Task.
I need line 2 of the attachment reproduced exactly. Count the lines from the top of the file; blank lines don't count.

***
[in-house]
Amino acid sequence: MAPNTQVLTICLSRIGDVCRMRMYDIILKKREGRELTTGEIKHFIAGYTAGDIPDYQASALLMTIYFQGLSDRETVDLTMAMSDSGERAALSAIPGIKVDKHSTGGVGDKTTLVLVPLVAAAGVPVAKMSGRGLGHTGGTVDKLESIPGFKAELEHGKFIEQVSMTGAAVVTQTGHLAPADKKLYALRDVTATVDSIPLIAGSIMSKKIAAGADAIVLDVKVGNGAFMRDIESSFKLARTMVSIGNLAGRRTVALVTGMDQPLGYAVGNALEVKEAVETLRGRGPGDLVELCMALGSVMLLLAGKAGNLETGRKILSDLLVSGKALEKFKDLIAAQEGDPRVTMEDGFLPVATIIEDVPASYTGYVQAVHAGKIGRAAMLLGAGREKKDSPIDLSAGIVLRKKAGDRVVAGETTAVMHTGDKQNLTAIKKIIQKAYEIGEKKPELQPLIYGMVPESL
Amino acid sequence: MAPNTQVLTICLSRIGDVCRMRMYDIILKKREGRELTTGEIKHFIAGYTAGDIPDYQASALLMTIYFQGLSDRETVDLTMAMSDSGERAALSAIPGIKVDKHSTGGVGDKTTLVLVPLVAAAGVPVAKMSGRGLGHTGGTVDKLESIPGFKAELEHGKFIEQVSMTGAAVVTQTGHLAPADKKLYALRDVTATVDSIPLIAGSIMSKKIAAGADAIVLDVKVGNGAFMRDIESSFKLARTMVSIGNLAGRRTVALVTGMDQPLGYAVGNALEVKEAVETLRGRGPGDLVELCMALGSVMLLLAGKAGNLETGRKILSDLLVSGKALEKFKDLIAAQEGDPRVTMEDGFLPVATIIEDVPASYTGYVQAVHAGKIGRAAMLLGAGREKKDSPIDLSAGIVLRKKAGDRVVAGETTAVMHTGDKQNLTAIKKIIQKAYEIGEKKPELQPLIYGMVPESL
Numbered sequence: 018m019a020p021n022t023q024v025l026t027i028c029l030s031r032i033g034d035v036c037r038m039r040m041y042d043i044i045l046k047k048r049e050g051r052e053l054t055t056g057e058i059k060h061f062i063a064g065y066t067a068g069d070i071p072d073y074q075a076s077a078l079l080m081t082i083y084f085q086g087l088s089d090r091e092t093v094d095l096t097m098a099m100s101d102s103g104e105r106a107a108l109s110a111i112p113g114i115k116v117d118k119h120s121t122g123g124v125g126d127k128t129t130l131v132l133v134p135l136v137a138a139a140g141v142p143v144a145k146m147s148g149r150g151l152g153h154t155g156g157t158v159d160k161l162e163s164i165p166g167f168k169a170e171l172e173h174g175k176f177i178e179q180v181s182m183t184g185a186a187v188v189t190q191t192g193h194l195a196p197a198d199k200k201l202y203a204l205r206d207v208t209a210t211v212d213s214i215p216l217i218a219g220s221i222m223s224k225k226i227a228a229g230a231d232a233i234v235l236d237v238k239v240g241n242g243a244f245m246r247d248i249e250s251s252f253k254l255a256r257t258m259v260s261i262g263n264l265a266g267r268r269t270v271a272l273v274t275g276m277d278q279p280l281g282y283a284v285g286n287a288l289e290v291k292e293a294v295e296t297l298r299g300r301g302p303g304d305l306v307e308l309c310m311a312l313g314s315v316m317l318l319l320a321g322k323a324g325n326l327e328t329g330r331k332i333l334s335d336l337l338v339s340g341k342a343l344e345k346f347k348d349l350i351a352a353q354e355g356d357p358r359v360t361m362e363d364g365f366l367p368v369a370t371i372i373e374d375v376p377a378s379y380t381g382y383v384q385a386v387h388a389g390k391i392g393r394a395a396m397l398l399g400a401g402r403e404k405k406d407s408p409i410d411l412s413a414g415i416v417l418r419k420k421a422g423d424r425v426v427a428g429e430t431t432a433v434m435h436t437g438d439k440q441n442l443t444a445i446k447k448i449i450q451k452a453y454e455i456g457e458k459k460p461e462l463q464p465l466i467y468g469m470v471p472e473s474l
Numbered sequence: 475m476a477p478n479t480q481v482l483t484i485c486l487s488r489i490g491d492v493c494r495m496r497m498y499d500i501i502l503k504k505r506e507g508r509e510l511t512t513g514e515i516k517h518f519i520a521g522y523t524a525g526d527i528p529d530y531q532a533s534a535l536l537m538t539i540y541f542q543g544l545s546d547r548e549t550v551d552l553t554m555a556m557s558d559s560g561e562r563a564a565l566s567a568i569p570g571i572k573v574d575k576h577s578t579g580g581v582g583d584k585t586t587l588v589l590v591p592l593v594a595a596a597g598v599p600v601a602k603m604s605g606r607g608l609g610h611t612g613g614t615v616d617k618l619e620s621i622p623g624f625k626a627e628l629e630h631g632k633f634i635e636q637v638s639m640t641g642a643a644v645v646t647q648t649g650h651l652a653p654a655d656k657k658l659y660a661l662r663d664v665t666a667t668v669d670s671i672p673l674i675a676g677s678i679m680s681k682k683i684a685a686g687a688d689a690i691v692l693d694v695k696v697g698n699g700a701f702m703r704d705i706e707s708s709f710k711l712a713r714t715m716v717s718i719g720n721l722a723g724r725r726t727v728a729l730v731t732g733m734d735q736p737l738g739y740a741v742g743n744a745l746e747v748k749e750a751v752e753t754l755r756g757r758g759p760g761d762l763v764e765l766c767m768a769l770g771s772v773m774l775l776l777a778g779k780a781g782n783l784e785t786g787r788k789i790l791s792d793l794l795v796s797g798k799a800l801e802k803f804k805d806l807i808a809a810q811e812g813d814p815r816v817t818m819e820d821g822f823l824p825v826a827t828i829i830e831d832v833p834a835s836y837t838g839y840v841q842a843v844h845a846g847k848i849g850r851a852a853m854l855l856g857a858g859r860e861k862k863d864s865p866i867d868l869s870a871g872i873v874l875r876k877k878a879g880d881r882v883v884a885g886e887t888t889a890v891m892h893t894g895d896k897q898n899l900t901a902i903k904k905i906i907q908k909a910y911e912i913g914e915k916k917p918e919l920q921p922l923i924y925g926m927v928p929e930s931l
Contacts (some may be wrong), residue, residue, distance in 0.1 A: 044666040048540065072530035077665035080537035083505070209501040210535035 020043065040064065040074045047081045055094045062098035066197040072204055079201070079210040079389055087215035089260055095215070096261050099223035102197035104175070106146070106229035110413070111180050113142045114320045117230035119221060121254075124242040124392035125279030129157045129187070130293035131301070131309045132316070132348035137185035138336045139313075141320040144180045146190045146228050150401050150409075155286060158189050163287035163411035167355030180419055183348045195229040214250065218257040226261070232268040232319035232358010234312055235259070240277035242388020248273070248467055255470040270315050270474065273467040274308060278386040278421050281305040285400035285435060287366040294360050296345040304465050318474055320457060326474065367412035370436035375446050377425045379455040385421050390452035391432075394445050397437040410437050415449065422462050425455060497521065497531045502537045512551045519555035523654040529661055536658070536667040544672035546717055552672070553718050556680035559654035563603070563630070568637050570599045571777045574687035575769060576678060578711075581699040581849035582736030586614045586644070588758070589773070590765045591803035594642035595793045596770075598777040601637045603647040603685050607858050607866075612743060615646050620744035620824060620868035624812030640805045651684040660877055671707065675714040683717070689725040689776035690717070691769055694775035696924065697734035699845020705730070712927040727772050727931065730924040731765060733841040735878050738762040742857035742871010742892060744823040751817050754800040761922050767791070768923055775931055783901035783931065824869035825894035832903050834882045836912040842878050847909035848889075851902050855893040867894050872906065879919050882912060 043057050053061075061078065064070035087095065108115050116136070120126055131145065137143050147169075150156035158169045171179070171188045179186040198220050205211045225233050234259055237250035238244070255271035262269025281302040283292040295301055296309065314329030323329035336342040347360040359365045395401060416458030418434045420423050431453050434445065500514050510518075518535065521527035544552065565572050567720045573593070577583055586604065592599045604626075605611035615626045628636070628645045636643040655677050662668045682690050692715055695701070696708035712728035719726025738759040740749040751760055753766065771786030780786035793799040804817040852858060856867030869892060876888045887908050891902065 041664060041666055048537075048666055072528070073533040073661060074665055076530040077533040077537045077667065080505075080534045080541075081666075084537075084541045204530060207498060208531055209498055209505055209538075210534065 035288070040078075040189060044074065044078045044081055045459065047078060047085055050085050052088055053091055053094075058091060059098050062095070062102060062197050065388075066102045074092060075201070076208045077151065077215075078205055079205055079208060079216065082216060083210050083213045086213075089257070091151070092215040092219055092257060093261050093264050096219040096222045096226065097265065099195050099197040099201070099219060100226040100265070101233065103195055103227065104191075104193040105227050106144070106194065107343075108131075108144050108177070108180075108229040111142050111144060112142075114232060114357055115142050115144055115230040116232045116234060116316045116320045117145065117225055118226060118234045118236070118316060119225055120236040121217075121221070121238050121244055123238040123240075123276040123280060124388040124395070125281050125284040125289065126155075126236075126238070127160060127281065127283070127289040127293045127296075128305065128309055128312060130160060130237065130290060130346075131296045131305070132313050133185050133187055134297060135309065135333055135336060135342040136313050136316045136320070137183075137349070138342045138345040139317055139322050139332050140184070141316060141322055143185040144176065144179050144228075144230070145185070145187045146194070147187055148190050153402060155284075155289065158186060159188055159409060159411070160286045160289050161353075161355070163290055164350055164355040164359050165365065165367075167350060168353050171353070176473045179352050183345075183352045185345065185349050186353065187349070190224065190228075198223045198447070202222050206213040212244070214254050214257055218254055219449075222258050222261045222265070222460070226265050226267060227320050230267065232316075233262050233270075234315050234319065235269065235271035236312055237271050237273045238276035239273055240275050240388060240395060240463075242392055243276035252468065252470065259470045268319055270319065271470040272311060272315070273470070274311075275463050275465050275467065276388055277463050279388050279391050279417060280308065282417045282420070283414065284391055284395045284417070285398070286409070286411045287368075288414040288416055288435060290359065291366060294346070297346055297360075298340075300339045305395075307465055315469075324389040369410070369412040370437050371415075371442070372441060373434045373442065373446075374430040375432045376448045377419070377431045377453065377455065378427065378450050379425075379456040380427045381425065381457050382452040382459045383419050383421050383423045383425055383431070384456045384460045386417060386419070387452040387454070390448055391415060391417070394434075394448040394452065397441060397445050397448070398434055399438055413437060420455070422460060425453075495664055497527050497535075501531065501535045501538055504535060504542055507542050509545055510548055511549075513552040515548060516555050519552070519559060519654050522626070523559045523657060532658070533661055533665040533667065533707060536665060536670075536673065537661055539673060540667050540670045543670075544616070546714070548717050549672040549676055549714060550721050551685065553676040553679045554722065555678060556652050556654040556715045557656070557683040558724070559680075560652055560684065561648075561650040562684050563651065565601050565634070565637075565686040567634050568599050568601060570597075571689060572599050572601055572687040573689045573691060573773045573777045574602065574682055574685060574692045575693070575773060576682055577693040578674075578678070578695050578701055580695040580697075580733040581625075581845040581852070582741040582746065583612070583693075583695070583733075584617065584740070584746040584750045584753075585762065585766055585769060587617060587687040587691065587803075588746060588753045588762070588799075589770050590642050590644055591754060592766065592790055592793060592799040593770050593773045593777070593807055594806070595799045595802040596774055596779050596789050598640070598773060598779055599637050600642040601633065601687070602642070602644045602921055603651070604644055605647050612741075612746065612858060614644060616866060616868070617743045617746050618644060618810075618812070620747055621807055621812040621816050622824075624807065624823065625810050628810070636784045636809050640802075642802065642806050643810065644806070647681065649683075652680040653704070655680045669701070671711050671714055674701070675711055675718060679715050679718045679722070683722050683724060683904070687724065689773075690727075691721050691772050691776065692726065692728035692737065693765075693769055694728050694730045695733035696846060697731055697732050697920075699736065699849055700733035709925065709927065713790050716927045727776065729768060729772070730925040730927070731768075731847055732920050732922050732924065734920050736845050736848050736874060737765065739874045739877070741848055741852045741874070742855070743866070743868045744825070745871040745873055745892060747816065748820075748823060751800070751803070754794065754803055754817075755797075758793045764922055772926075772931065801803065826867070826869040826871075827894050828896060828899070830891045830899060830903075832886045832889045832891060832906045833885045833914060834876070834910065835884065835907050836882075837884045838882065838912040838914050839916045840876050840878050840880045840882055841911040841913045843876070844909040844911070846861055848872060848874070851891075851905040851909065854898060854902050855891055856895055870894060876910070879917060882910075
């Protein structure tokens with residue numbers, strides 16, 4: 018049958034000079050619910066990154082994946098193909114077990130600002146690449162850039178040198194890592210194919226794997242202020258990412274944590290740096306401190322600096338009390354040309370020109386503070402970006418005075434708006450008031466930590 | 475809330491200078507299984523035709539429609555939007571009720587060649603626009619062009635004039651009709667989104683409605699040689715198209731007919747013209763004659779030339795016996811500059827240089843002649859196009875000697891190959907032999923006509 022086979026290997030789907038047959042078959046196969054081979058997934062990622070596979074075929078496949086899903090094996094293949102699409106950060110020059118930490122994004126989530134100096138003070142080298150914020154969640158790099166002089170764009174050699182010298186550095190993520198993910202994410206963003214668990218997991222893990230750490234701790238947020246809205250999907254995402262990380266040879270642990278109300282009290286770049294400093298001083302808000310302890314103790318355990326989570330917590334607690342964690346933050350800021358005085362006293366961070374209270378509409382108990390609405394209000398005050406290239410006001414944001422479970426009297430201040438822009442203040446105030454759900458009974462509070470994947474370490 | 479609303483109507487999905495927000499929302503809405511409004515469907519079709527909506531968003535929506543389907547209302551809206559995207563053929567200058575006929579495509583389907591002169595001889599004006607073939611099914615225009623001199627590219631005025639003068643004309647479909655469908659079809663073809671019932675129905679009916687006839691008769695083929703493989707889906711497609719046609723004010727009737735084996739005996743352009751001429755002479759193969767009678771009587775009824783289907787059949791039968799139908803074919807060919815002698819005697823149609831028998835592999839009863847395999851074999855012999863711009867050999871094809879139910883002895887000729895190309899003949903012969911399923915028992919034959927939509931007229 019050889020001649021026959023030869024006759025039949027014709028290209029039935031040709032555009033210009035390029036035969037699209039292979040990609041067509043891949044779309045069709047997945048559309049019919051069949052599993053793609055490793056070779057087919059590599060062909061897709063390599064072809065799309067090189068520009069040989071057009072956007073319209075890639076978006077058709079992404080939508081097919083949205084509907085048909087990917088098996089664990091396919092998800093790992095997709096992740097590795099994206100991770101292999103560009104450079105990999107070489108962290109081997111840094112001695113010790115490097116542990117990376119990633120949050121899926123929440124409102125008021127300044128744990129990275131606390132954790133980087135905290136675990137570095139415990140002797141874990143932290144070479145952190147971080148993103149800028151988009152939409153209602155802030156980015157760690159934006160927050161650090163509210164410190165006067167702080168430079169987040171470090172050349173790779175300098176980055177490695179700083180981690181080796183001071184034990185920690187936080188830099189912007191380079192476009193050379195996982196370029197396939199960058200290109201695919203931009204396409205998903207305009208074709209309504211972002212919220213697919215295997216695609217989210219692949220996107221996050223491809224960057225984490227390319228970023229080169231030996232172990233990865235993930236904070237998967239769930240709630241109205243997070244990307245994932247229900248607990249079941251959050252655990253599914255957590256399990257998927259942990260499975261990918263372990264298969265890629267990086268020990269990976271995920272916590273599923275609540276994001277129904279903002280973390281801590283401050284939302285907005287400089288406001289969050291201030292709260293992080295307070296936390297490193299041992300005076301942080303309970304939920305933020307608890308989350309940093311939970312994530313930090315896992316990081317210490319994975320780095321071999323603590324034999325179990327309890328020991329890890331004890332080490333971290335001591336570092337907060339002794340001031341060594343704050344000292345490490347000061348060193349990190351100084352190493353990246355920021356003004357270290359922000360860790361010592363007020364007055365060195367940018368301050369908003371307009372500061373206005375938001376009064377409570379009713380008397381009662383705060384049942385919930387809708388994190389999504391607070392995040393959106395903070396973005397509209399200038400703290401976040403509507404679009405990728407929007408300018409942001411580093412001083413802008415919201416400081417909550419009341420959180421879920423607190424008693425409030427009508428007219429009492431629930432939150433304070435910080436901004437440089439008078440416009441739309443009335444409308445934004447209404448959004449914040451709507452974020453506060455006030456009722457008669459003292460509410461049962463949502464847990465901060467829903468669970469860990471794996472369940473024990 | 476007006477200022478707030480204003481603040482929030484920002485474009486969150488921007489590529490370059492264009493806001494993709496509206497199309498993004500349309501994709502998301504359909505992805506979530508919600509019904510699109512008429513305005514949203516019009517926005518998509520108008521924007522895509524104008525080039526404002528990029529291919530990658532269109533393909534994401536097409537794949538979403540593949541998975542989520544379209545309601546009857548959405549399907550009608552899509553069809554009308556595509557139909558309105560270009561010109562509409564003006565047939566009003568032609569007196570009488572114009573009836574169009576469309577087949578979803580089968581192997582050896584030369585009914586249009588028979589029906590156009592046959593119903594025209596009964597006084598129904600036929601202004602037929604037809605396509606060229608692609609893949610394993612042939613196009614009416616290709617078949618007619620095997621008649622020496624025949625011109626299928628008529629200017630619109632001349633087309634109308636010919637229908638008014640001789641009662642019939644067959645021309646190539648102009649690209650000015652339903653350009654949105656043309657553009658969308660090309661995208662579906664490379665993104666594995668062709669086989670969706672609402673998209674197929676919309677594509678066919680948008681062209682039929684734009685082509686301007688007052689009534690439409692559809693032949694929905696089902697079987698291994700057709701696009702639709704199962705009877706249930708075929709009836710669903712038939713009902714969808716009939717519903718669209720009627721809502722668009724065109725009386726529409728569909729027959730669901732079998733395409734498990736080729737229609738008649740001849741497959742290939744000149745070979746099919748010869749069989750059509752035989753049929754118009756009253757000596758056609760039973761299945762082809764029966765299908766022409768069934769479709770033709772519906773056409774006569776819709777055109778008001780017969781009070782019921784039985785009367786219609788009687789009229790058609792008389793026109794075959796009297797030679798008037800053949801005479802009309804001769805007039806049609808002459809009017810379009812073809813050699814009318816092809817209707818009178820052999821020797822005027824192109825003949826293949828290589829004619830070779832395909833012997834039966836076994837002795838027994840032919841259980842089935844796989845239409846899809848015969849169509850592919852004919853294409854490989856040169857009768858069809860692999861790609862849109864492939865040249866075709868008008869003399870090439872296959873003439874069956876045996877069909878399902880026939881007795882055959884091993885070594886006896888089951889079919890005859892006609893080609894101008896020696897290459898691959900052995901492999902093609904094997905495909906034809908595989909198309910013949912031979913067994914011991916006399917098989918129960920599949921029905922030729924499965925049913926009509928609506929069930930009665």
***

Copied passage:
Amino acid sequence: MAPNTQVLTICLSRIGDVCRMRMYDIILKKREGRELTTGEIKHFIAGYTAGDIPDYQASALLMTIYFQGLSDRETVDLTMAMSDSGERAALSAIPGIKVDKHSTGGVGDKTTLVLVPLVAAAGVPVAKMSGRGLGHTGGTVDKLESIPGFKAELEHGKFIEQVSMTGAAVVTQTGHLAPADKKLYALRDVTATVDSIPLIAGSIMSKKIAAGADAIVLDVKVGNGAFMRDIESSFKLARTMVSIGNLAGRRTVALVTGMDQPLGYAVGNALEVKEAVETLRGRGPGDLVELCMALGSVMLLLAGKAGNLETGRKILSDLLVSGKALEKFKDLIAAQEGDPRVTMEDGFLPVATIIEDVPASYTGYVQAVHAGKIGRAAMLLGAGREKKDSPIDLSAGIVLRKKAGDRVVAGETTAVMHTGDKQNLTAIKKIIQKAYEIGEKKPELQPLIYGMVPESL